A: Mark Ravenhill Pf: 1996, London Pb: 1996 G: Drama in 14 scenes S: A flat, interview room, bedsit, pub, hospital, and department store, London, 1990s C: 4m, 1fRobbie and Lulu are lovers of Mark, who leaves to seek treatment for his drug addiction. Lulu, an actress, is interviewed by the sinister Brian for a television job in advertising, and is given Ecstasy tablets to sell. Mark reappears, but is reluctant to commit to Robbie again. Mark, in search of impersonal sex, pays to lick 14-year-old Gary's anus, but is alarmed that he is bleeding. Robbie goes to sell his Ecstasy tablets but gets so high himself that he gives them away and then gets beaten up. Gary reveals to Mark that he was abused by his stepfather and invites Mark to stay. Brian gives Robbie and Lulu one week to find £3,000 for the missing Ecstasy tablets. They begin to offer phone sex to get the money. Mark introduces Gary to Robbie, who is violently jealous. Gary is willing to pay Robbie for finding the kind of powerful father figure that Gary is looking for. Robbie plays the role of dominant master, has sex with him, but draws the line at penetrating him with a knife, which Gary begs for: ‘I thought you were for real. Pretending, isn't it. Just a story.’ Robbie and Lulu give Brian his money. Insisting that ‘money is civilization’, Brian hands the money back. Robbie and Lulu share their food with Mark in a final scene of togetherness.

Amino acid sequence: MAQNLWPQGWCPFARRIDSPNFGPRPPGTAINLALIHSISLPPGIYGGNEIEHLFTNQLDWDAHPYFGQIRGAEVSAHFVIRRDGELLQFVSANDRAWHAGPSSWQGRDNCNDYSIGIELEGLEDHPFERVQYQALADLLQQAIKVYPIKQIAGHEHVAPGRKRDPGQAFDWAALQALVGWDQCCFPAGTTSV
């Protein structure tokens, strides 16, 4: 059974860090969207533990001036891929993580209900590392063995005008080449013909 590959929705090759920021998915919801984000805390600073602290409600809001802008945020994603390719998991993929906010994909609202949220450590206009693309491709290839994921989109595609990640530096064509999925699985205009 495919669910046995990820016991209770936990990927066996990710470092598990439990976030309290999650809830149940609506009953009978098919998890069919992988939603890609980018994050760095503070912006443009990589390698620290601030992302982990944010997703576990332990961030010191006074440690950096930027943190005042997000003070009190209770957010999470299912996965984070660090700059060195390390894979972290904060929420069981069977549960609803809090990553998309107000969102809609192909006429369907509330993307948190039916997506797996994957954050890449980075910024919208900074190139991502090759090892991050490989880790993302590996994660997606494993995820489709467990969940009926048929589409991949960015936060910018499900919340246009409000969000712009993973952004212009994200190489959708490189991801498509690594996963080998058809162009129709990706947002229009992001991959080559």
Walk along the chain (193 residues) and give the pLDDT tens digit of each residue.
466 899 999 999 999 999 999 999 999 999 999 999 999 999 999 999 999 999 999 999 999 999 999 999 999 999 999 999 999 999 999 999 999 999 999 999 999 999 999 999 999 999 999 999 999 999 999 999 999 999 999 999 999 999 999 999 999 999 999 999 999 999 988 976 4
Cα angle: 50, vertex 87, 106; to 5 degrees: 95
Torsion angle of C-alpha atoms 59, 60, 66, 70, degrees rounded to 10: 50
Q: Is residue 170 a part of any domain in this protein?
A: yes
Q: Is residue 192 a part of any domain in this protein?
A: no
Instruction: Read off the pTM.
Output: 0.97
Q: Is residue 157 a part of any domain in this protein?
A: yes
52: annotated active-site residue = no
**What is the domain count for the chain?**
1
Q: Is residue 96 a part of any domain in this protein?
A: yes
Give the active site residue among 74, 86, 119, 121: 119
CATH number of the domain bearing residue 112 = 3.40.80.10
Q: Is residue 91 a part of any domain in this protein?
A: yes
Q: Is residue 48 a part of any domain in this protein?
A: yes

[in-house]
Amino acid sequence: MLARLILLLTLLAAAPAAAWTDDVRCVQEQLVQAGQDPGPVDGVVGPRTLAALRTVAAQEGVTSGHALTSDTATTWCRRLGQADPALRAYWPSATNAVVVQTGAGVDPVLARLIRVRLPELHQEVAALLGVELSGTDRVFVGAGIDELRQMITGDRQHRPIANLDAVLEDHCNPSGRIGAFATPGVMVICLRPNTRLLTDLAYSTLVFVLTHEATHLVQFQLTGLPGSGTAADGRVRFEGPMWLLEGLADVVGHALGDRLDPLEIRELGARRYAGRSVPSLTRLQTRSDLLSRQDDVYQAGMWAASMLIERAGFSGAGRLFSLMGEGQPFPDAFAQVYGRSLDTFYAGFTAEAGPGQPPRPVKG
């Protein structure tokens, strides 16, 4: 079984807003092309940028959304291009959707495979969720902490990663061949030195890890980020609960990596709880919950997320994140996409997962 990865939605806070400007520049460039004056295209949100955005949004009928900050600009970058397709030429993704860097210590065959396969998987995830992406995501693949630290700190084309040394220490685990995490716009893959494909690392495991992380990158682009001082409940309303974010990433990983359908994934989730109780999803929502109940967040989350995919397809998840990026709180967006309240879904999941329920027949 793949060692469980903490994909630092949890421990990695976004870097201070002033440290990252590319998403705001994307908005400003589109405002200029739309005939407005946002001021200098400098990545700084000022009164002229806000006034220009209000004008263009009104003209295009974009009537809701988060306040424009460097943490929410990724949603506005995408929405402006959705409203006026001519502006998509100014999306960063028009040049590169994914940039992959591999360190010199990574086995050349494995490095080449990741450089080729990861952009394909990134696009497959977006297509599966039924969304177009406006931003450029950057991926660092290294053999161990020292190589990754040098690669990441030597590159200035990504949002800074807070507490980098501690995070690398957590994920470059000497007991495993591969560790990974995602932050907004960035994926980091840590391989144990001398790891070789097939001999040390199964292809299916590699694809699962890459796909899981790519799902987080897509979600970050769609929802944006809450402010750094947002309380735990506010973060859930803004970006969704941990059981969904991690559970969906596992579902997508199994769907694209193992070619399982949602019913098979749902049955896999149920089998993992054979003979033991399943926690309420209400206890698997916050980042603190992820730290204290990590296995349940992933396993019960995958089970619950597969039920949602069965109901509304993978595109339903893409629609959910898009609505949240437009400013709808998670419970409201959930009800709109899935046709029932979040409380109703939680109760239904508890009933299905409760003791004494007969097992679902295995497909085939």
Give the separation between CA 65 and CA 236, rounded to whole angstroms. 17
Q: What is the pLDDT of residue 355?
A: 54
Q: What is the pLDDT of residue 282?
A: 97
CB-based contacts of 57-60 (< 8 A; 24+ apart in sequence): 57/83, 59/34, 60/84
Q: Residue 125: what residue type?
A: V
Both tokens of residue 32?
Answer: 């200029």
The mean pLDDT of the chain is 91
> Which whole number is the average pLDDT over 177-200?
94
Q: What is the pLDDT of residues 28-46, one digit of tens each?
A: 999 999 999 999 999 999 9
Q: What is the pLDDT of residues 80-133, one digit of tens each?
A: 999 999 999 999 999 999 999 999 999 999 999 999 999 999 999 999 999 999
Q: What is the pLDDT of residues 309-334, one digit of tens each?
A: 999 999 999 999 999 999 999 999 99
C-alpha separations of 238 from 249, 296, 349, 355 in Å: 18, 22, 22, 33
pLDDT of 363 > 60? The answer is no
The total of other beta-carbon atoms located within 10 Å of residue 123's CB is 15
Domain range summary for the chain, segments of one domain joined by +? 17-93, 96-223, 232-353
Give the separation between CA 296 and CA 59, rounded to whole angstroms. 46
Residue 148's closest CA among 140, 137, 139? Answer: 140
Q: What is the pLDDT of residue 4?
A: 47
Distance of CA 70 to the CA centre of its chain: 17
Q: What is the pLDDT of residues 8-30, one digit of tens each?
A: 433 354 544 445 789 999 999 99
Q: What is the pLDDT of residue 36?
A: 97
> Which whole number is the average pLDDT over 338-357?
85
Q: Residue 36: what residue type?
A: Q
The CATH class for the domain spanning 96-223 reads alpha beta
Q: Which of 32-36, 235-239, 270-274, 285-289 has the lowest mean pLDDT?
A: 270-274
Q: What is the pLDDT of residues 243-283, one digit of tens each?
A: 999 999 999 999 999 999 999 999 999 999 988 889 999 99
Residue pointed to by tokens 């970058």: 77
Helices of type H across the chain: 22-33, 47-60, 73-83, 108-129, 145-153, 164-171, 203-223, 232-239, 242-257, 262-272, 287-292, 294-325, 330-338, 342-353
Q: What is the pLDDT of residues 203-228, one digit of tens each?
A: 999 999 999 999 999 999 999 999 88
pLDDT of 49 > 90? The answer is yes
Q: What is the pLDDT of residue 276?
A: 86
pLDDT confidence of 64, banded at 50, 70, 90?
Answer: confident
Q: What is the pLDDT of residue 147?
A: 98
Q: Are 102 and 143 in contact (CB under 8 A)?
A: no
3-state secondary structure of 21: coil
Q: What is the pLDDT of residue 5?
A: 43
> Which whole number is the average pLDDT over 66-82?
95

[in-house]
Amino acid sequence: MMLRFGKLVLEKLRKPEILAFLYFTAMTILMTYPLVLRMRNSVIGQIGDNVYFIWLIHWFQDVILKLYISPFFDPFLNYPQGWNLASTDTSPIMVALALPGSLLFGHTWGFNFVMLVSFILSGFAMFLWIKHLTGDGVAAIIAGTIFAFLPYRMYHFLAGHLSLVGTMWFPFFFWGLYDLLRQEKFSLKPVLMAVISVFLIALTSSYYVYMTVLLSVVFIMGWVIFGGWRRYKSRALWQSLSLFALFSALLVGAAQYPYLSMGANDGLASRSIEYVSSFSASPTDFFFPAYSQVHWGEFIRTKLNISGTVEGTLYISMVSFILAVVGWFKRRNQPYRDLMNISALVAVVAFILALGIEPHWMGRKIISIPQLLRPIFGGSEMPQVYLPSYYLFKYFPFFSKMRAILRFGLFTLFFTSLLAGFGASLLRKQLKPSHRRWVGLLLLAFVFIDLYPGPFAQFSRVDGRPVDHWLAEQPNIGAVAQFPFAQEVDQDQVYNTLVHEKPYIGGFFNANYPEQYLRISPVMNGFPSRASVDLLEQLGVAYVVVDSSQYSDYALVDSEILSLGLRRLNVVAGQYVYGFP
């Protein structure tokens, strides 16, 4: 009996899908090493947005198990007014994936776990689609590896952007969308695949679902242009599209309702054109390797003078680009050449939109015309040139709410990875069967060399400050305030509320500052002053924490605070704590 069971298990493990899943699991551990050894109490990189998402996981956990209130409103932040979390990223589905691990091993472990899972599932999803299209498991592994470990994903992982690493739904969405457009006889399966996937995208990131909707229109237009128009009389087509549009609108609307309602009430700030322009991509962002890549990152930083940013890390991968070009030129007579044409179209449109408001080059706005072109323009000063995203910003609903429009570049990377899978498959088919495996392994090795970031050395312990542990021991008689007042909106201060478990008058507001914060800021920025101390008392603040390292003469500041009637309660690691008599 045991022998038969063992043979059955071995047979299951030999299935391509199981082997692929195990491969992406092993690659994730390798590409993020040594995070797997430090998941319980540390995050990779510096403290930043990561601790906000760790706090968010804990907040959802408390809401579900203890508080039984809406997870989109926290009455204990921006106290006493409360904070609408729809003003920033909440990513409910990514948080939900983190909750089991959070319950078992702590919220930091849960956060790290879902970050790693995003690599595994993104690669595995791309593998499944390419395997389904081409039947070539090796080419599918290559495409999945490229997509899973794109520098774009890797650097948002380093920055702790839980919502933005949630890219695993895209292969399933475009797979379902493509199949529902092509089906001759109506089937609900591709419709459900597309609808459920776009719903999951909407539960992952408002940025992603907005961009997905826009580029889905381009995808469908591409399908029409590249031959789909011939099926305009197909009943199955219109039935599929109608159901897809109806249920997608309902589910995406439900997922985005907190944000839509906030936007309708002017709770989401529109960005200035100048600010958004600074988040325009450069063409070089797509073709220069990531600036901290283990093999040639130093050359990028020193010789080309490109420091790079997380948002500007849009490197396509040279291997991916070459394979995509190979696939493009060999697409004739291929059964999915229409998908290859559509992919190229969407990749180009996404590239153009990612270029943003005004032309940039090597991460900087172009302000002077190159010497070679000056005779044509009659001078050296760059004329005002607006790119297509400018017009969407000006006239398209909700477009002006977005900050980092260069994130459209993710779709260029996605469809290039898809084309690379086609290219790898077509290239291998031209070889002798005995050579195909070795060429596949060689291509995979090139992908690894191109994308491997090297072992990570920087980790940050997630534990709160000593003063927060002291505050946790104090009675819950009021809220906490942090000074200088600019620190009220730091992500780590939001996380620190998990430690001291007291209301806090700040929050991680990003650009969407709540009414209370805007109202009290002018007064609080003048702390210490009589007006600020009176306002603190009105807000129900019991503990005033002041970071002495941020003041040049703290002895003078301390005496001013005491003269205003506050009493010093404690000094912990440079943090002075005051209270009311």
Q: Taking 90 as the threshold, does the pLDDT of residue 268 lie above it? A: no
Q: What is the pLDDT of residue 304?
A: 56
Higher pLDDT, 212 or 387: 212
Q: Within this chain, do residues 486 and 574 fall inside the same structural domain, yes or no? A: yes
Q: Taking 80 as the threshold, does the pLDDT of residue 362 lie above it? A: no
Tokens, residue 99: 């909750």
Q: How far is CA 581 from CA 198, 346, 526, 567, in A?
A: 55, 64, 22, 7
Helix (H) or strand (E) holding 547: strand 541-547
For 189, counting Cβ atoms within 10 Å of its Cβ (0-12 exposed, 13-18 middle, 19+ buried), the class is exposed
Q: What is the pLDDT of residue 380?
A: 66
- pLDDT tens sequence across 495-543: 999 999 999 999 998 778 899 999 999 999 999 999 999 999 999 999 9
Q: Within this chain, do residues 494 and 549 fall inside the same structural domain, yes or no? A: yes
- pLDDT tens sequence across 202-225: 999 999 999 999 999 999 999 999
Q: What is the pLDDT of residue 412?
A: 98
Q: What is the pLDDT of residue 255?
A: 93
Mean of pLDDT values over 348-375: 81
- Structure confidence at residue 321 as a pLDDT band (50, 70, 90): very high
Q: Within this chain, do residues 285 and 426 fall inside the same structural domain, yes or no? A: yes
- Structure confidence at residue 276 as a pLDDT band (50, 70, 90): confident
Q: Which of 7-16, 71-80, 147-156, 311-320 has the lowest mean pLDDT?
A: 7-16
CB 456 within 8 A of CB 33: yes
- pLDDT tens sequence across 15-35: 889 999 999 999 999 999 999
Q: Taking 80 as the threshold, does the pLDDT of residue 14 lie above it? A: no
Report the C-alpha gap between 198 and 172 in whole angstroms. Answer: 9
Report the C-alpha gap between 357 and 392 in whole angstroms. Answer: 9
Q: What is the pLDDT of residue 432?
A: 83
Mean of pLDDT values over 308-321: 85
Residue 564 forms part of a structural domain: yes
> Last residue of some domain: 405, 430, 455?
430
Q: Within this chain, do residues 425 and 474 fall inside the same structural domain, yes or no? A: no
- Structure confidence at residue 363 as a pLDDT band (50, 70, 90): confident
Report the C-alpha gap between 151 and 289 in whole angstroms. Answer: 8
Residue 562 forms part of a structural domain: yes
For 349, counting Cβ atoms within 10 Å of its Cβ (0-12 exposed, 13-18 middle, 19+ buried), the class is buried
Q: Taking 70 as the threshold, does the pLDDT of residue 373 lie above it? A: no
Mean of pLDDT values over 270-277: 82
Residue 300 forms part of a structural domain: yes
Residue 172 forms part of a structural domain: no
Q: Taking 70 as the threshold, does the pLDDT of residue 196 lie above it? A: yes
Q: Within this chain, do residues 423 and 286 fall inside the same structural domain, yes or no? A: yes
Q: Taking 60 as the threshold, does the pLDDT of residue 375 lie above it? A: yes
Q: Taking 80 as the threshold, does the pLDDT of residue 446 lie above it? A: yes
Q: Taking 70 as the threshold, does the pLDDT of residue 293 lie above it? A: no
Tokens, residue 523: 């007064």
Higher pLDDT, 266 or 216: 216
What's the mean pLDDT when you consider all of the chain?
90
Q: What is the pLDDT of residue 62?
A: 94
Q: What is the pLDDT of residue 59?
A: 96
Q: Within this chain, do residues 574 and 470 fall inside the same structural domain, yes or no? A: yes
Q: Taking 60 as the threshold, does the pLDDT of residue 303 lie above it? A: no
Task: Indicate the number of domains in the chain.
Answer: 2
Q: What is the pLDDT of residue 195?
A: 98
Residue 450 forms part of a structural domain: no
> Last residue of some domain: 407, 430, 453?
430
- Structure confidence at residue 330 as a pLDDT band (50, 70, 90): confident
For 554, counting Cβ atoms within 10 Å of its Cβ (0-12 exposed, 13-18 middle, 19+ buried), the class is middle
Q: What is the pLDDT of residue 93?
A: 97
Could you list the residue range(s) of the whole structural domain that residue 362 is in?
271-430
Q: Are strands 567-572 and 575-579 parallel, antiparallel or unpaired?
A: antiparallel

A: Mark Ravenhill Pf: 1996, London Pb: 1996 G: Drama in 14 scenes S: A flat, interview room, bedsit, pub, hospital, and department store, London, 1990s C: 4m, 1f
In the desolate world portrayed by ‘Inyerface’ theatre of the 1990s, Ravenhill's play at least allows words like ‘love’ to continue to possess some residual meaning. The main hope of redemption in an empty universe is to establish connections by making stories: ‘Big stories’ about God or socialism ‘all died, or the world…forgot them, so now we're all making up our own stories’, ‘stories so that we can get by’.